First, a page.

Goethe’s House in Weimar is one of the two major attractions in this historic city (the other being Schiller’s House). Goethe’s holistic approach to philosophy, art, nature, and writing may have influenced the Bauhaus movement a hundred years later. (See yesterday’s post on the Bauhaus).
Goethe’s famous novel, “The Sorrows of Werther”, is a story about his affection for Charlotte Ernster (nee Buff). It sparked a viral interest in love stories in his day and may have caused a string of suicides mimicking the author’s drastic solution to a spurned love affair. Goethe was known to have had affairs with Charlotte von Stein among others. He eventually married a commoner Christiane after having a child out of wedlock with her.
Love is a featured topic of the Goethe Museum. Idealized, romantic love and even forbidden and erotic love were themes in Goethe’s writings. Goethe captured and explored human emotions that previously were suppressed or seldom expressed. Read some of the written explanations below.
Goethe was quite the Renaissance man. In addition to writing plays, poems, and about philosophy, Goethe was also an artist. He had a curiosity about the natural world, and became an anatomist, geologist, and horticulturalist.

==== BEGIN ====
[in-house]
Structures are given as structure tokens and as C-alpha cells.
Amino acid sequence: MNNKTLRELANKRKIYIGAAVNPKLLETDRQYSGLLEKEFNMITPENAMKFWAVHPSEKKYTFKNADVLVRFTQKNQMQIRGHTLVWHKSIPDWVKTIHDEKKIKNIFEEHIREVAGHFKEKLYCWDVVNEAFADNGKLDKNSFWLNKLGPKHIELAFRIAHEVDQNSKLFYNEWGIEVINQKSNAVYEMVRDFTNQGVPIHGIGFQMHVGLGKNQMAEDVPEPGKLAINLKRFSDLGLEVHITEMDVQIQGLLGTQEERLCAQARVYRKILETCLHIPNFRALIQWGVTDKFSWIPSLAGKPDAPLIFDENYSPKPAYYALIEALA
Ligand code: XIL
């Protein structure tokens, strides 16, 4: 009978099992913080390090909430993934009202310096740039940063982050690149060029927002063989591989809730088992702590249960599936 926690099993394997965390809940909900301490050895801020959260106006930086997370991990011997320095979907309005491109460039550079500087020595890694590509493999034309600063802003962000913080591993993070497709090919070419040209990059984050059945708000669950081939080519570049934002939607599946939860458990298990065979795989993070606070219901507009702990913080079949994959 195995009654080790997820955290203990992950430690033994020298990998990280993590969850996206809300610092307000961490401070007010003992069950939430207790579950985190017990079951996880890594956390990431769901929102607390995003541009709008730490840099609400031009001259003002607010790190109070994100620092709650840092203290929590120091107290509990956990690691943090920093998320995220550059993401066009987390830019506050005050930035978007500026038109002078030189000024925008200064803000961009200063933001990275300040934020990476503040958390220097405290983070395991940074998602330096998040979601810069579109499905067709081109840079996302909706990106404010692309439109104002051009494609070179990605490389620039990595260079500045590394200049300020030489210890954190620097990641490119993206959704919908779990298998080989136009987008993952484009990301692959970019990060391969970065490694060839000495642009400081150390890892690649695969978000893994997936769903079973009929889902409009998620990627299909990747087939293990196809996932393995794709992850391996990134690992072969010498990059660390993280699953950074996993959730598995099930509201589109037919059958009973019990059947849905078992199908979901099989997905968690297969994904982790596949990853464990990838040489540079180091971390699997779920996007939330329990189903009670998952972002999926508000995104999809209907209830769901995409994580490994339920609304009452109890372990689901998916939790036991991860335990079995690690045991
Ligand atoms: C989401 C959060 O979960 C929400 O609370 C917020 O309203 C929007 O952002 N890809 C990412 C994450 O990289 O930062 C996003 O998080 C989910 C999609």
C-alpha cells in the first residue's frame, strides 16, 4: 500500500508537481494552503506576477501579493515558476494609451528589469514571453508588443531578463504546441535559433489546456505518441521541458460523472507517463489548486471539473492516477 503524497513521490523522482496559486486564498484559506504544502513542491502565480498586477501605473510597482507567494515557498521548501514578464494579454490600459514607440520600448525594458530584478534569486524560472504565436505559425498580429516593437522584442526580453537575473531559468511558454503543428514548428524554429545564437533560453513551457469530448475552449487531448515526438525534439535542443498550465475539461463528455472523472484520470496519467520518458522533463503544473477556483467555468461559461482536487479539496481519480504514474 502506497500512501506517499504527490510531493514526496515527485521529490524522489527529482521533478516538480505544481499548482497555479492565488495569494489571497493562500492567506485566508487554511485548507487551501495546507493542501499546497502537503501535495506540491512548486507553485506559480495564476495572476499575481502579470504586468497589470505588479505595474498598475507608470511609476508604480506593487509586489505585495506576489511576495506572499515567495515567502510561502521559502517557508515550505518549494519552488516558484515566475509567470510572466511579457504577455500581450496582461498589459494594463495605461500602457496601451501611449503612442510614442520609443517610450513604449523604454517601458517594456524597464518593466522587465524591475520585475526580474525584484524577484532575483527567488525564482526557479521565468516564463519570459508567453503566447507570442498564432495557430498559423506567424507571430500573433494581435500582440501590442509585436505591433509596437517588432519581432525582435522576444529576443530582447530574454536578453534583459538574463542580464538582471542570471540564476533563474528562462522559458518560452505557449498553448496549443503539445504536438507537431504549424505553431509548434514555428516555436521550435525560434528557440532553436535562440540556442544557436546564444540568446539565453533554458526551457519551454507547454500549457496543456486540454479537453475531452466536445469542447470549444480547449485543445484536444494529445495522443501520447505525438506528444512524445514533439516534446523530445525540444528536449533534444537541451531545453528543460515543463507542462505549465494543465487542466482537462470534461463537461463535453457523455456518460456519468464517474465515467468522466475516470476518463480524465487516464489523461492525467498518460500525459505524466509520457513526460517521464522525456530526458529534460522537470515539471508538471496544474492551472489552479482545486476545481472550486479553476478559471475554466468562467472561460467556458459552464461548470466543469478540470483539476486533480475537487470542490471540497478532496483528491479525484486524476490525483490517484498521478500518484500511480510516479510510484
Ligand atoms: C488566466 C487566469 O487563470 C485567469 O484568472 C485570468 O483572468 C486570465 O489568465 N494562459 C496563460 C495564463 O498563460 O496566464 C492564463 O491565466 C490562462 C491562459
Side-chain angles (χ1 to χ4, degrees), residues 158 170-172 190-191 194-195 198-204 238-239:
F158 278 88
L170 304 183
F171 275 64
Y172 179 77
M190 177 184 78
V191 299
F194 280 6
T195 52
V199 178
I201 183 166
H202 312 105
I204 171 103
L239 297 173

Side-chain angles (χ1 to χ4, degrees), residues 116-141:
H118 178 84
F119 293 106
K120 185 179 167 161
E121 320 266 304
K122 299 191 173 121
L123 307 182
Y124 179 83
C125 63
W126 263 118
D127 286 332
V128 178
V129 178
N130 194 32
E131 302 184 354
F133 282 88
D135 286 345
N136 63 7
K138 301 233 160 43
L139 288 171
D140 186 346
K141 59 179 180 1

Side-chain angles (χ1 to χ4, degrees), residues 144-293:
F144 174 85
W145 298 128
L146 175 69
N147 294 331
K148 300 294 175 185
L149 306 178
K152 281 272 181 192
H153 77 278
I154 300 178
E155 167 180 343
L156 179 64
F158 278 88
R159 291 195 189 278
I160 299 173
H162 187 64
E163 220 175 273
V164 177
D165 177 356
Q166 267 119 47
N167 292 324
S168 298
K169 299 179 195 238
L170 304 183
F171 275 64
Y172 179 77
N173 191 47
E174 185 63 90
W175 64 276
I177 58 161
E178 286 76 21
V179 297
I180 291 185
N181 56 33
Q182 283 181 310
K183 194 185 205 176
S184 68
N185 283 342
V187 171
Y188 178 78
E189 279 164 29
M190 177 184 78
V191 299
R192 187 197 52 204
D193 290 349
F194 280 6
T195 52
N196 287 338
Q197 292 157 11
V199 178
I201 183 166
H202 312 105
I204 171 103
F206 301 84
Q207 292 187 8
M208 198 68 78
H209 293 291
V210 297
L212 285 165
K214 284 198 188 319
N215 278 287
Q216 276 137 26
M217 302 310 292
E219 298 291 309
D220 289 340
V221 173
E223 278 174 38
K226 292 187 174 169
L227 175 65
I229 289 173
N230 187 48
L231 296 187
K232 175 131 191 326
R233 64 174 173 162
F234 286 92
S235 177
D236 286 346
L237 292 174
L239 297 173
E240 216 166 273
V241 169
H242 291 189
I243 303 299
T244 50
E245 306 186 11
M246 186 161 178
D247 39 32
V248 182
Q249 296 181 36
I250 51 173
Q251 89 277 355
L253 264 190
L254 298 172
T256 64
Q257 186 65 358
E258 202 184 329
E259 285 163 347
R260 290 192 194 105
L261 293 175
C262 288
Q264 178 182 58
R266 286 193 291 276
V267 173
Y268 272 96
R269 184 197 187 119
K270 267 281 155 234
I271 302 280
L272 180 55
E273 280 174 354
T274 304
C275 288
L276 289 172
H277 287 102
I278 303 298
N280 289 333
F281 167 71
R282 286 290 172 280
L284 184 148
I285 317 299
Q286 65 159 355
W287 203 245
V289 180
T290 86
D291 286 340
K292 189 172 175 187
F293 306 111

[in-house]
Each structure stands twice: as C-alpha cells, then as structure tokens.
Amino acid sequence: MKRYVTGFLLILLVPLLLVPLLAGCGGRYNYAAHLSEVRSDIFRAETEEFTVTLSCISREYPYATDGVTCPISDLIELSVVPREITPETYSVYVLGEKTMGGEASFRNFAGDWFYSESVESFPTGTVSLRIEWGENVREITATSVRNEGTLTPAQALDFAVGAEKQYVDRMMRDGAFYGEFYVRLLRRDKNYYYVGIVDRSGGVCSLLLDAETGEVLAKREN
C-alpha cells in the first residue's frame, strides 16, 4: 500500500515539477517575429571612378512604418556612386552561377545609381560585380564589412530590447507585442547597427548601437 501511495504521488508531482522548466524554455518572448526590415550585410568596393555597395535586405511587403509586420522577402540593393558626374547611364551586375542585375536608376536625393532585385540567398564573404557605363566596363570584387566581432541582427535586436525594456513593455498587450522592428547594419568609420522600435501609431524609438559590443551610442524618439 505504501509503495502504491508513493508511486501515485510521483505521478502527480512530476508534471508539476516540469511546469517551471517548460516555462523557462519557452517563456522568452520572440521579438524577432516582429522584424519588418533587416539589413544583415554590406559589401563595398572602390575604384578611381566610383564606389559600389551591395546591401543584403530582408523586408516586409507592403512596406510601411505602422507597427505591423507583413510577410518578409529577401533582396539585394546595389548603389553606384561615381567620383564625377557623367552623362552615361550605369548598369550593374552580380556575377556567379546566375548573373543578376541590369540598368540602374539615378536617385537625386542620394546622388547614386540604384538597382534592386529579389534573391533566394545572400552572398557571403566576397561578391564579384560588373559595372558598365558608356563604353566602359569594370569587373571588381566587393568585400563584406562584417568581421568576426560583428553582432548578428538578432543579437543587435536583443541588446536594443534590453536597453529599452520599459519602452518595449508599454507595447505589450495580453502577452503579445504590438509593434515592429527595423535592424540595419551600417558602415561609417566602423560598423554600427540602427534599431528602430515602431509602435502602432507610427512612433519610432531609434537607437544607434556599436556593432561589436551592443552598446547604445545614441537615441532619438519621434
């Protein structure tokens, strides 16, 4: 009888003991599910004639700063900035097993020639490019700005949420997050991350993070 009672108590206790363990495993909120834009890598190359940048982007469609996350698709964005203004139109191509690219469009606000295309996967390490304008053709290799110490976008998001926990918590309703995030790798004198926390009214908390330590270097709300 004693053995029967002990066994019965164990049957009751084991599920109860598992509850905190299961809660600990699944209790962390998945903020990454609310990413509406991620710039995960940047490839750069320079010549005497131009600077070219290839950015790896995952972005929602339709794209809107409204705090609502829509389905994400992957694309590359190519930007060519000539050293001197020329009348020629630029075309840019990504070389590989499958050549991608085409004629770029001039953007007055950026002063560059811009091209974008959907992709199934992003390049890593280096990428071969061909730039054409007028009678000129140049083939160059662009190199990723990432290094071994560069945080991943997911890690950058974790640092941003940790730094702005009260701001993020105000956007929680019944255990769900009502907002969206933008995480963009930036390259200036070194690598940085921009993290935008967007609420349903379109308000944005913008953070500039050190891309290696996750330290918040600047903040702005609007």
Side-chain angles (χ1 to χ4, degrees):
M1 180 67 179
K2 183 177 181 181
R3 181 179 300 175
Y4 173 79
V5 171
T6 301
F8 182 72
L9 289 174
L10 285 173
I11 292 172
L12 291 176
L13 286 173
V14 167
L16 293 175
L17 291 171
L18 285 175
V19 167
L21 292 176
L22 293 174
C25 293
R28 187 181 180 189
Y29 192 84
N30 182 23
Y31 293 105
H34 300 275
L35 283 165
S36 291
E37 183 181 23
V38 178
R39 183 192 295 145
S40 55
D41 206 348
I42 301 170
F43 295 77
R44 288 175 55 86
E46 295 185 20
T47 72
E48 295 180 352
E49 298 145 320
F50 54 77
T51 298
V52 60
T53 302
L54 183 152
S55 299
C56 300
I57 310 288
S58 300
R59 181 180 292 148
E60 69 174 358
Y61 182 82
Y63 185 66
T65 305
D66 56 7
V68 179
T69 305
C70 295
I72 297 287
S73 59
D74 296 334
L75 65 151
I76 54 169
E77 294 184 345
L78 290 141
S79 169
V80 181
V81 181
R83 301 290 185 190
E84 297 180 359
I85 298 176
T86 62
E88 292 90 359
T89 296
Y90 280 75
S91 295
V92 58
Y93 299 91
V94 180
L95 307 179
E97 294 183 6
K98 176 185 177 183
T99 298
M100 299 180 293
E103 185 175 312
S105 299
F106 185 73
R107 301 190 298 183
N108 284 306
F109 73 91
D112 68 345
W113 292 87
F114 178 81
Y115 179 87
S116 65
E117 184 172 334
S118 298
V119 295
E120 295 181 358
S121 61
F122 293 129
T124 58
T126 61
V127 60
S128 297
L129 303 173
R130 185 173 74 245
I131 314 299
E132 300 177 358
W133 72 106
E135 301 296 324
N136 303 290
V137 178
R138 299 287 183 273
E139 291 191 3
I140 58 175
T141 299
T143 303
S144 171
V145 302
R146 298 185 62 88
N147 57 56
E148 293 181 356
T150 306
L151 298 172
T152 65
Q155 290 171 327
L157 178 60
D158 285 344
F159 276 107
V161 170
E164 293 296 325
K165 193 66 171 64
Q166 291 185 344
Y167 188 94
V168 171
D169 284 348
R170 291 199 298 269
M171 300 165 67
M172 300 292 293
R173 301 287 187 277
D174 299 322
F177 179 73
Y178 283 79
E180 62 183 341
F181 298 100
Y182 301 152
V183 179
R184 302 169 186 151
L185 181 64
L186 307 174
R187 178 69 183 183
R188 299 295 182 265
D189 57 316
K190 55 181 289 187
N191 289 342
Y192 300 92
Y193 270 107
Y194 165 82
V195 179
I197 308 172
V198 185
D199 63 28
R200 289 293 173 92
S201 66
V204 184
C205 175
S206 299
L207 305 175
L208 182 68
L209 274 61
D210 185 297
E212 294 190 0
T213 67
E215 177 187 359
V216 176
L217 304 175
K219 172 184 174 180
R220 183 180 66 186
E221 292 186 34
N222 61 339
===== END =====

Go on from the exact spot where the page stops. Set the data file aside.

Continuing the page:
Goethe’s home gives a glimpse into his personal life and work environment. Goethe paid particular attention to storage of artifacts and documents. The custom-designed cases kept collections organized and accessible. Books, coins, geological samples, and artwork were stored so they could be quickly presented and shared with visitors.
I could imagine being very satisfied and happy working there. Following Goethe’s perfect schedule, I would power through emails and blog posts in the morning, tinker a bit in the garden, have the main meal around 2pm, and cap each day with a nap in the afternoon! Below are some of the enticing rooms and garden perspectives.
In the Park along the Ilm River, the Garden House served as Goethe’s getaway where the writer could escape his social and administrative responsibilities and focus on writing. Not too shabby either.
The “high horse” chair was custom designed so he could sit and write for long hours. The tall yoke rested his ample belly, and could easily support other elephants in the room. As a craftsman cum designer, he would have been an ace at the Bauhaus.